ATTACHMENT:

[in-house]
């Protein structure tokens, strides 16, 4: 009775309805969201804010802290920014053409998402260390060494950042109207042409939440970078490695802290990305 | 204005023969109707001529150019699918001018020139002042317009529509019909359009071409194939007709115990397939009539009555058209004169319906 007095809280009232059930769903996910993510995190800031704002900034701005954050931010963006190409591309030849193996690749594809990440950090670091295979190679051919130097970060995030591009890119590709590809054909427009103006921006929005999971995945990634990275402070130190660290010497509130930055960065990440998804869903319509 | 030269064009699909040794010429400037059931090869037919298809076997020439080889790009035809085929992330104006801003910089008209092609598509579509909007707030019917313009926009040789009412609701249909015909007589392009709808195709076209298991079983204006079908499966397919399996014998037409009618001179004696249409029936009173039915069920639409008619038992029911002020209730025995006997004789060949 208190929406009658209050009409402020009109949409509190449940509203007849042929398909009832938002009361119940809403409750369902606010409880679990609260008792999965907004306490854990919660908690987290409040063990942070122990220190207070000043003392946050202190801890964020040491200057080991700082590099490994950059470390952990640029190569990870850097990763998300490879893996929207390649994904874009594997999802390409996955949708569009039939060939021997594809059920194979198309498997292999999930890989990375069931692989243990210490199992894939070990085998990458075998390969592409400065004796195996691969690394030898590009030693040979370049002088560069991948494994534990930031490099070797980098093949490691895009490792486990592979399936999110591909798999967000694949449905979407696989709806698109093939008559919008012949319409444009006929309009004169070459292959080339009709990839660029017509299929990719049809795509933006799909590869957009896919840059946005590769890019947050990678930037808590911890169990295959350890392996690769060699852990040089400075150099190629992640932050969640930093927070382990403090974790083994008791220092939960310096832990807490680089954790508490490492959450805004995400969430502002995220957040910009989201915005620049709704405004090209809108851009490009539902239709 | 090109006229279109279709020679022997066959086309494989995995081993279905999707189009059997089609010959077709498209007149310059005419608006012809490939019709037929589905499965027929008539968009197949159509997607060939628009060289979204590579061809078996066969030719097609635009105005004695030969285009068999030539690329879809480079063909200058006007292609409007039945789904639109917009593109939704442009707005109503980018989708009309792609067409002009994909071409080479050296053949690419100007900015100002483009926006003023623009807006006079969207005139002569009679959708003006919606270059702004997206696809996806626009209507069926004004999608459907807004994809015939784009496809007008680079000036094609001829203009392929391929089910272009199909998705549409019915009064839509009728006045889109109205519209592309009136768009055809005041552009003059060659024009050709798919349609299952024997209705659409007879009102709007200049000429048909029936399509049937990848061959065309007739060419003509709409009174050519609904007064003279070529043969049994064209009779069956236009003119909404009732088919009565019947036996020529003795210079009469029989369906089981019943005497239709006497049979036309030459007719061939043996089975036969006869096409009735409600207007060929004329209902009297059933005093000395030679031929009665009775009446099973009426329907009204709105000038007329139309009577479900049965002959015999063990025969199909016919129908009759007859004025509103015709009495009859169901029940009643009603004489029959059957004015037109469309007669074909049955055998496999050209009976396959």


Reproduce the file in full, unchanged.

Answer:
[in-house]
């Protein structure tokens, strides 16, 4: 009775309805969201804010802290920014053409998402260390060494950042109207042409939440970078490695802290990305 | 204005023969109707001529150019699918001018020139002042317009529509019909359009071409194939007709115990397939009539009555058209004169319906 007095809280009232059930769903996910993510995190800031704002900034701005954050931010963006190409591309030849193996690749594809990440950090670091295979190679051919130097970060995030591009890119590709590809054909427009103006921006929005999971995945990634990275402070130190660290010497509130930055960065990440998804869903319509 | 030269064009699909040794010429400037059931090869037919298809076997020439080889790009035809085929992330104006801003910089008209092609598509579509909007707030019917313009926009040789009412609701249909015909007589392009709808195709076209298991079983204006079908499966397919399996014998037409009618001179004696249409029936009173039915069920639409008619038992029911002020209730025995006997004789060949 208190929406009658209050009409402020009109949409509190449940509203007849042929398909009832938002009361119940809403409750369902606010409880679990609260008792999965907004306490854990919660908690987290409040063990942070122990220190207070000043003392946050202190801890964020040491200057080991700082590099490994950059470390952990640029190569990870850097990763998300490879893996929207390649994904874009594997999802390409996955949708569009039939060939021997594809059920194979198309498997292999999930890989990375069931692989243990210490199992894939070990085998990458075998390969592409400065004796195996691969690394030898590009030693040979370049002088560069991948494994534990930031490099070797980098093949490691895009490792486990592979399936999110591909798999967000694949449905979407696989709806698109093939008559919008012949319409444009006929309009004169070459292959080339009709990839660029017509299929990719049809795509933006799909590869957009896919840059946005590769890019947050990678930037808590911890169990295959350890392996690769060699852990040089400075150099190629992640932050969640930093927070382990403090974790083994008791220092939960310096832990807490680089954790508490490492959450805004995400969430502002995220957040910009989201915005620049709704405004090209809108851009490009539902239709 | 090109006229279109279709020679022997066959086309494989995995081993279905999707189009059997089609010959077709498209007149310059005419608006012809490939019709037929589905499965027929008539968009197949159509997607060939628009060289979204590579061809078996066969030719097609635009105005004695030969285009068999030539690329879809480079063909200058006007292609409007039945789904639109917009593109939704442009707005109503980018989708009309792609067409002009994909071409080479050296053949690419100007900015100002483009926006003023623009807006006079969207005139002569009679959708003006919606270059702004997206696809996806626009209507069926004004999608459907807004994809015939784009496809007008680079000036094609001829203009392929391929089910272009199909998705549409019915009064839509009728006045889109109205519209592309009136768009055809005041552009003059060659024009050709798919349609299952024997209705659409007879009102709007200049000429048909029936399509049937990848061959065309007739060419003509709409009174050519609904007064003279070529043969049994064209009779069956236009003119909404009732088919009565019947036996020529003795210079009469029989369906089981019943005497239709006497049979036309030459007719061939043996089975036969006869096409009735409600207007060929004329209902009297059933005093000395030679031929009665009775009446099973009426329907009204709105000038007329139309009577479900049965002959015999063990025969199909016919129908009759007859004025509103015709009495009859169901029940009643009603004489029959059957004015037109469309007669074909049955055998496999050209009976396959």